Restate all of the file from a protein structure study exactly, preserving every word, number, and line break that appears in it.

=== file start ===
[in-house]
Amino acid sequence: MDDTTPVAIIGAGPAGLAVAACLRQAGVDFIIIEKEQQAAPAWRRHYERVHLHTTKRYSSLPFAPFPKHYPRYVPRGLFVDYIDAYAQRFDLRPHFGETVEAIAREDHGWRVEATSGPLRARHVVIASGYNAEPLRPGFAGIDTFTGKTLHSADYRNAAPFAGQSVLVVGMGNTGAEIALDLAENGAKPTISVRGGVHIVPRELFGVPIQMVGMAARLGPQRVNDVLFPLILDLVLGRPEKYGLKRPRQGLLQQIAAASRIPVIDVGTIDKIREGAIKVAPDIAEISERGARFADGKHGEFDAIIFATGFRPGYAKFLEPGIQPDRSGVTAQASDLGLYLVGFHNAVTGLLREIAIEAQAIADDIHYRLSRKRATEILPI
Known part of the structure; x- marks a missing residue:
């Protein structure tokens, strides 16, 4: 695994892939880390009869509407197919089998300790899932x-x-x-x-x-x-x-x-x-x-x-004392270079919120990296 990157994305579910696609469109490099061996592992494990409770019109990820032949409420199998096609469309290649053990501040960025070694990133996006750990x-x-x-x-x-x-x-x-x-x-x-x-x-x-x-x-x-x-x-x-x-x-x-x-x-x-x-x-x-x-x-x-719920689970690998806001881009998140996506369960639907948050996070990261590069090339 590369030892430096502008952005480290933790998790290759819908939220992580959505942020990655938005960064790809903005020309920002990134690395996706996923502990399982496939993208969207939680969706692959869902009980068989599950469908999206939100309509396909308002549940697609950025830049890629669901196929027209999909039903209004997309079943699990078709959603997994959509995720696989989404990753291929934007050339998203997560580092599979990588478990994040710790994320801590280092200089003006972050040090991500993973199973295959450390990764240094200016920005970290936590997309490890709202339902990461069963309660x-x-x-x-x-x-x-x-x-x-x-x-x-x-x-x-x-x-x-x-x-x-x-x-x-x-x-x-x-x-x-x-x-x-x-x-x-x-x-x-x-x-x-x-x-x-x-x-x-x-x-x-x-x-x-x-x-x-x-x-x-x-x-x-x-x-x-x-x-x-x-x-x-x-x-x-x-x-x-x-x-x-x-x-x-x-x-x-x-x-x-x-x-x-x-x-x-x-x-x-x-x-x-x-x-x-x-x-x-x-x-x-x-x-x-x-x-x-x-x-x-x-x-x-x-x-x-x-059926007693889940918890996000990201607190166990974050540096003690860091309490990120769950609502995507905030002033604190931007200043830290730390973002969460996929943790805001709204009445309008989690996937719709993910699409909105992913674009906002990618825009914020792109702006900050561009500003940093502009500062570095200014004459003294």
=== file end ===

[in-house]
Amino acid sequence: MDDTTPVAIIGAGPAGLAVAACLRQAGVDFIIIEKEQQAAPAWRRHYERVHLHTTKRYSSLPFAPFPKHYPRYVPRGLFVDYIDAYAQRFDLRPHFGETVEAIAREDHGWRVEATSGPLRARHVVIASGYNAEPLRPGFAGIDTFTGKTLHSADYRNAAPFAGQSVLVVGMGNTGAEIALDLAENGAKPTISVRGGVHIVPRELFGVPIQMVGMAARLGPQRVNDVLFPLILDLVLGRPEKYGLKRPRQGLLQQIAAASRIPVIDVGTIDKIREGAIKVAPDIAEISERGARFADGKHGEFDAIIFATGFRPGYAKFLEPGIQPDRSGVTAQASDLGLYLVGFHNAVTGLLREIAIEAQAIADDIHYRLSRKRATEILPI
Known part of the structure; x- marks a missing residue:
């Protein structure tokens, strides 16, 4: 695994892939880390009869509407197919089998300790899932x-x-x-x-x-x-x-x-x-x-x-004392270079919120990296 990157994305579910696609469109490099061996592992494990409770019109990820032949409420199998096609469309290649053990501040960025070694990133996006750990x-x-x-x-x-x-x-x-x-x-x-x-x-x-x-x-x-x-x-x-x-x-x-x-x-x-x-x-x-x-x-x-719920689970690998806001881009998140996506369960639907948050996070990261590069090339 590369030892430096502008952005480290933790998790290759819908939220992580959505942020990655938005960064790809903005020309920002990134690395996706996923502990399982496939993208969207939680969706692959869902009980068989599950469908999206939100309509396909308002549940697609950025830049890629669901196929027209999909039903209004997309079943699990078709959603997994959509995720696989989404990753291929934007050339998203997560580092599979990588478990994040710790994320801590280092200089003006972050040090991500993973199973295959450390990764240094200016920005970290936590997309490890709202339902990461069963309660x-x-x-x-x-x-x-x-x-x-x-x-x-x-x-x-x-x-x-x-x-x-x-x-x-x-x-x-x-x-x-x-x-x-x-x-x-x-x-x-x-x-x-x-x-x-x-x-x-x-x-x-x-x-x-x-x-x-x-x-x-x-x-x-x-x-x-x-x-x-x-x-x-x-x-x-x-x-x-x-x-x-x-x-x-x-x-x-x-x-x-x-x-x-x-x-x-x-x-x-x-x-x-x-x-x-x-x-x-x-x-x-x-x-x-x-x-x-x-x-x-x-x-x-x-x-x-x-059926007693889940918890996000990201607190166990974050540096003690860091309490990120769950609502995507905030002033604190931007200043830290730390973002969460996929943790805001709204009445309008989690996937719709993910699409909105992913674009906002990618825009914020792109702006900050561009500003940093502009500062570095200014004459003294």